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Georgia embodies Trump’s mounting political, legal woes

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Former US President Donald Trump speaks at a rally on March 26, 2022 in Commerce, Georgia, where he railed against "prosecutorial misconduct"./AFP
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May 27, 2022 - 03:25 AM

ATLANTA — When most Americans think of Atlanta, they picture vaulting skylines, the thriving music scene and Coca-Cola — but when Donald Trump looks to Georgia’s seat of government, he sees danger on all sides.

The Peach State has become a potent symbol of the headwinds Trump faces as he fends off a criminal probe into his election interference and questions over his continued relevance in the Republican Party.

The former president staked enormous political capital on his endorsements of a trio of candidates he had handpicked in his crusade to exact vengeance on those who were unwilling to overturn the will of the voters in 2020.

His recruits were wiped out in Georgia’s primary elections Tuesday — by a landslide in the case of the governor’s race — as voters pushed back against his meddling in their state.

Trump has inserted himself relentlessly into Georgia politics, pushing for Republican Secretary of State Brad Raffensperger in a now-infamous phone call to “find” enough votes to overturn President Joe Biden’s victory.

Earlier this month, in the plush 12-story government complex two blocks from the state capitol in downtown Atlanta, Fulton County’s top prosecutor Fani Willis impaneled a special grand jury to investigate Trump’s attempts to overturn Georgia’s election results.

A potentially year-long process, the probe into whether Georgia laws were violated could end in Trump facing a raft of solicitation and conspiracy charges connected to election fraud and interference.

Investigators have already interviewed dozens of witnesses and the jurors are expected to subpoena 30 people who have declined to testify voluntarily.

In the January 2, 2021 call to Raffensperger, Trump repeatedly and falsely claimed to have won Georgia “by hundreds of thousands of votes” during a bizarre hour-long back-and-forth.


Cycling through a laundry list of conspiracy theories to explain his loss, he demanded that Raffensperger “find 11,780 votes” that could be tossed out — one more vote than the margin of his defeat.

The Washington Post published a transcript and audio of the conversation the following day, sparking uproar in a country already well-versed in Trump’s election theft fantasies.

A month later, Willis announced her criminal investigation, which would take in the phone call and Trump’s public and private pressure on other officials, including the governor, attorney general and the secretary of state’s chief investigator.

A group of Brookings Institution legal experts wrote in October that Trump’s post-election conduct in Georgia “leaves him at substantial risk of possible state charges predicated on multiple crimes.”

The analysis concluded that Trump’s efforts were “well outside the scope of his responsibilities” as president and predicted that his legal arguments in his defense would likely be “meritless.”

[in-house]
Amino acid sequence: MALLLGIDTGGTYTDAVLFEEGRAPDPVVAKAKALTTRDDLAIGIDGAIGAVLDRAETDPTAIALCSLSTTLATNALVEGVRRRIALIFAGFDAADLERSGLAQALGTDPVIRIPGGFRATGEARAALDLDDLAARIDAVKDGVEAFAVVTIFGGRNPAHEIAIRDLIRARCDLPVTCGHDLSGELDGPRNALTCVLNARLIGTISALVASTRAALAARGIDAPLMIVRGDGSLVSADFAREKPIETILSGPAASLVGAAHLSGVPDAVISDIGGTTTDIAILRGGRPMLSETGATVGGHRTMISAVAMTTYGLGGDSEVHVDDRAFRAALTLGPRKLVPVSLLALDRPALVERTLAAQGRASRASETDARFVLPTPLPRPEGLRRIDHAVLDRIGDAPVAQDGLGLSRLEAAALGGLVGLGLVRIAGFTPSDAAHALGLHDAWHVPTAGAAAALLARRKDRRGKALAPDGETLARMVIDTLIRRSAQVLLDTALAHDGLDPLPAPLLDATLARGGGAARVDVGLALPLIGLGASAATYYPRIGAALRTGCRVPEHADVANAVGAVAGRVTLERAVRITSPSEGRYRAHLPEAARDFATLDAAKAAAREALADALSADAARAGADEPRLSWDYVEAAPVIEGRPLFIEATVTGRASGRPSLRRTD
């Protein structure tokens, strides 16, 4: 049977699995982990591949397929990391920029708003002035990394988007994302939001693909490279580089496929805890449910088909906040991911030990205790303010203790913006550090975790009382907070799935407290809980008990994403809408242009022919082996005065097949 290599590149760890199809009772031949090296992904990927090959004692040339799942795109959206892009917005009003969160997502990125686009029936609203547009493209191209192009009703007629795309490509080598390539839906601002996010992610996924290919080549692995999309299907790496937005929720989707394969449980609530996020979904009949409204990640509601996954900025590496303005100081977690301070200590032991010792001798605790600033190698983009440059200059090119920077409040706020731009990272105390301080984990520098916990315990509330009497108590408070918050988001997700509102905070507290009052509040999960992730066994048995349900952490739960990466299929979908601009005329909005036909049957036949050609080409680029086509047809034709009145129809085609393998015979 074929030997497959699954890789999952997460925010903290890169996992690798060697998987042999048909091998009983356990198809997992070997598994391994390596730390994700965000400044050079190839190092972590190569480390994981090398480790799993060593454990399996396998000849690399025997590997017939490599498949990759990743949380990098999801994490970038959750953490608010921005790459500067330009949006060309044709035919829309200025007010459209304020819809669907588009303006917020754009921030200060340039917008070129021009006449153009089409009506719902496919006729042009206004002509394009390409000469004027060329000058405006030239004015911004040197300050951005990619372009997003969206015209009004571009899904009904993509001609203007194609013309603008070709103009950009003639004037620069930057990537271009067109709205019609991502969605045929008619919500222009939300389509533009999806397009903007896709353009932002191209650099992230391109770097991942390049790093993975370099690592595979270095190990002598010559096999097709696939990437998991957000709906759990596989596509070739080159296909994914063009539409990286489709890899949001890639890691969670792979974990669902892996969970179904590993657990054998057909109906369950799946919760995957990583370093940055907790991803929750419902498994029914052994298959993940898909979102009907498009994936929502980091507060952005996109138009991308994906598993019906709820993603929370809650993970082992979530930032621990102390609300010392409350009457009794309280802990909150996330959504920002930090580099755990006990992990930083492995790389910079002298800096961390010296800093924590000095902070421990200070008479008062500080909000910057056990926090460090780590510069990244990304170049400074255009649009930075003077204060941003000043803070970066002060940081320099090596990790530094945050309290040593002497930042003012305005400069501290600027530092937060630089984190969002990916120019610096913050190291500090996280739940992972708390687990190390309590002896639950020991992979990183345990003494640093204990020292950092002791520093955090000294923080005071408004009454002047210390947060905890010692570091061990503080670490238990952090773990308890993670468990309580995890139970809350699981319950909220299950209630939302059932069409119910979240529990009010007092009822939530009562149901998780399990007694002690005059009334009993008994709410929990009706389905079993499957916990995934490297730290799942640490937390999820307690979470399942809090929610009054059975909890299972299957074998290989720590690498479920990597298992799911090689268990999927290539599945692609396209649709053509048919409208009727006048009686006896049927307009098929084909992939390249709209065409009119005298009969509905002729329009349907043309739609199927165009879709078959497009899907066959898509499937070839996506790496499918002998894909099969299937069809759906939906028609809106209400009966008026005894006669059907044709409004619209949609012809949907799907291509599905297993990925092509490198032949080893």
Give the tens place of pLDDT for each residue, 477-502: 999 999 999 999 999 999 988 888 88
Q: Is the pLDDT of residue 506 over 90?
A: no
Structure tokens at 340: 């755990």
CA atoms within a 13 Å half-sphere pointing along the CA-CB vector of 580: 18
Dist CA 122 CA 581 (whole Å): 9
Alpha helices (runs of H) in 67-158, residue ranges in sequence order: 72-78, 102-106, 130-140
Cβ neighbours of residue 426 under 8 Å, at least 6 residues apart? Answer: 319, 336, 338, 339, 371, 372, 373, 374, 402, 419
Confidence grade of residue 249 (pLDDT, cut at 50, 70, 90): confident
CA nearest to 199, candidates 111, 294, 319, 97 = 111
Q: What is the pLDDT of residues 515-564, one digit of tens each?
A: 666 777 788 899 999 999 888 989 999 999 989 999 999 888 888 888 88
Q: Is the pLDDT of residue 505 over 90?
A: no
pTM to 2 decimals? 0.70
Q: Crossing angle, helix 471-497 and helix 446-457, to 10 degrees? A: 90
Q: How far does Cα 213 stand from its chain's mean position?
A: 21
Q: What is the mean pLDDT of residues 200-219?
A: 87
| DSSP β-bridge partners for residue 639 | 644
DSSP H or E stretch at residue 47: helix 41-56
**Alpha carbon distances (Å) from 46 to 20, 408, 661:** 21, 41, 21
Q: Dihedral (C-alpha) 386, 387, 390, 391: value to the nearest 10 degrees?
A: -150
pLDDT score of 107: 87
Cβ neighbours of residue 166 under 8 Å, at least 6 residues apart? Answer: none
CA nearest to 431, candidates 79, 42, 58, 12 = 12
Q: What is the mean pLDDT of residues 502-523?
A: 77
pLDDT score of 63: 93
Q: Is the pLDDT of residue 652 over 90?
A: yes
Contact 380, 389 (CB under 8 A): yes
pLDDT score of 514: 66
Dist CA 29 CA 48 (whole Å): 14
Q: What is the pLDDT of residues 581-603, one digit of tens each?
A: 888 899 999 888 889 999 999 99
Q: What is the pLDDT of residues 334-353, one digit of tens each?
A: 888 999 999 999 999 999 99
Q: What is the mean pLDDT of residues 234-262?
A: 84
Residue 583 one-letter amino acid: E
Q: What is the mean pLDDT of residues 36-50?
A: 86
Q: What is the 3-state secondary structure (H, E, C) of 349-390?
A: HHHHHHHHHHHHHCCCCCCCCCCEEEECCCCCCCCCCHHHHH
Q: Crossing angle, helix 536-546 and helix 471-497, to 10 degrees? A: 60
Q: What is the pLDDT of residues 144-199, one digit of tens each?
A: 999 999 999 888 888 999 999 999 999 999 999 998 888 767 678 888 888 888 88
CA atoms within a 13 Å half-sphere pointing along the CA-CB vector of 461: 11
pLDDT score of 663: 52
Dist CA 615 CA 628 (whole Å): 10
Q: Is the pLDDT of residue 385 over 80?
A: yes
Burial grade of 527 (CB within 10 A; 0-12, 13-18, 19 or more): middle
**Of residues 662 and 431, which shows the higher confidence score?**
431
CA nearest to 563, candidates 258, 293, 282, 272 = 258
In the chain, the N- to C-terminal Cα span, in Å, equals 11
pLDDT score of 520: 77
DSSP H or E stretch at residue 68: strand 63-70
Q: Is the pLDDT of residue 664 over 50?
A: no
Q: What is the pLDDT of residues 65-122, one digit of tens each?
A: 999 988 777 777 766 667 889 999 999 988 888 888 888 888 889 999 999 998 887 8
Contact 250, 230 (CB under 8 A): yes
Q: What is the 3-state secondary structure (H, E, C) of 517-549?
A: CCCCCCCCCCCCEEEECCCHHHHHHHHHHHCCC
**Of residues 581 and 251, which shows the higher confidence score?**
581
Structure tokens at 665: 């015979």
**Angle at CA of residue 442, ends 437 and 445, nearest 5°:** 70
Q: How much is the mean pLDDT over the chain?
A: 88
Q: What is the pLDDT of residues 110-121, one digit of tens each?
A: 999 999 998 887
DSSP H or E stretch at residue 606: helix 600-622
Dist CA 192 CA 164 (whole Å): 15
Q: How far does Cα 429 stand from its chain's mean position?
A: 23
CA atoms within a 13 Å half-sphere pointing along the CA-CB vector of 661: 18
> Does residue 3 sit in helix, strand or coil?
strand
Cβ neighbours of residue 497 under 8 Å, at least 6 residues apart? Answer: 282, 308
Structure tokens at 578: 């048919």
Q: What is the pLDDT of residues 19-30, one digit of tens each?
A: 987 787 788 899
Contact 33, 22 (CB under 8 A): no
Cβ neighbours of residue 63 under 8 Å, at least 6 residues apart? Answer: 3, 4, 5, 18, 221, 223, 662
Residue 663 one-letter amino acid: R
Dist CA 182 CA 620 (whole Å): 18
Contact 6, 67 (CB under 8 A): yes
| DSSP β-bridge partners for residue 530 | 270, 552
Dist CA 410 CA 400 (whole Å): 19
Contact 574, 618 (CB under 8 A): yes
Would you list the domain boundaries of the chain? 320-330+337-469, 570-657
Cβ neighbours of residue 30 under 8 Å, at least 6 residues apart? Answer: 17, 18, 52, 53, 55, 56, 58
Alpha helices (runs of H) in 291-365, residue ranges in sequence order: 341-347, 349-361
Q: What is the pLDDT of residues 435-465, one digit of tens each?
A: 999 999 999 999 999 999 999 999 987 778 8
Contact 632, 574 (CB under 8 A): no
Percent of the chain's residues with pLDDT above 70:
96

Trump has furiously denied wrongdoing, alleging “prosecutorial misconduct” at a rally in Texas in January, in which he called for protests against “radical, vicious, racist prosecutors,” prompting Willis to request beefed-up FBI security.

With the walls closing in, the 75-year-old former reality TV star has turned to the court of public opinion for vindication of his election fraud claims — and a chance of pursuing his dream of a second term in the White House.

But here, too, he is struggling to make headway.

Raffensperger was among three top officials who easily repelled Trump’s attempted ouster in Georgia, alongside Governor Brian Kemp and Attorney General Chris Carr.

‘Fair as could be’ 

Each had rebuffed his attempts to interfere in the 2020 election, raising questions about the Republican leader’s continuing sway over his party in one of the country’s key battlegrounds and the waning patience of the wider public over his election disinformation.

“I voted for him, but I didn’t like some of the accusations towards our state,” retired county government official Elva Dornbusch told AFP at an election eve rally for Kemp in Atlanta’s northwestern suburbs.

The 78-year-old said she hadn’t been taken in by any of Trump’s conspiracy theories surrounding the 2020 election.

“I think the election was as fair as could be. My husband worked in the polls and he understands the process. And no, I don’t think it was stolen,” she said.

Whether Georgia represents the shape of things to come nationwide remains to be seen, but signs of Trump’s receding influence have been unmistakable in recent weeks.

While he has had some high-profile successes, such as former White House press secretary Sarah Huckabee Sanders, who won the Republican nomination for governor of Arkansas on Tuesday, Trump has backed as many losers as winners in his endorsements for governor in this election cycle.

“There’s this sort of narrative, this emerging narrative, about the enduring dominance of a Trump endorsement,” Nse Ufot, CEO of voter support non-profit the New Georgia Project, told AFP.

“As awful of a leader that I think that Brad Raffensperger has been and Brian Kemp has been, they were able to demonstrate how (Republicans) could win without having Trump’s endorsement in a place like Georgia.”

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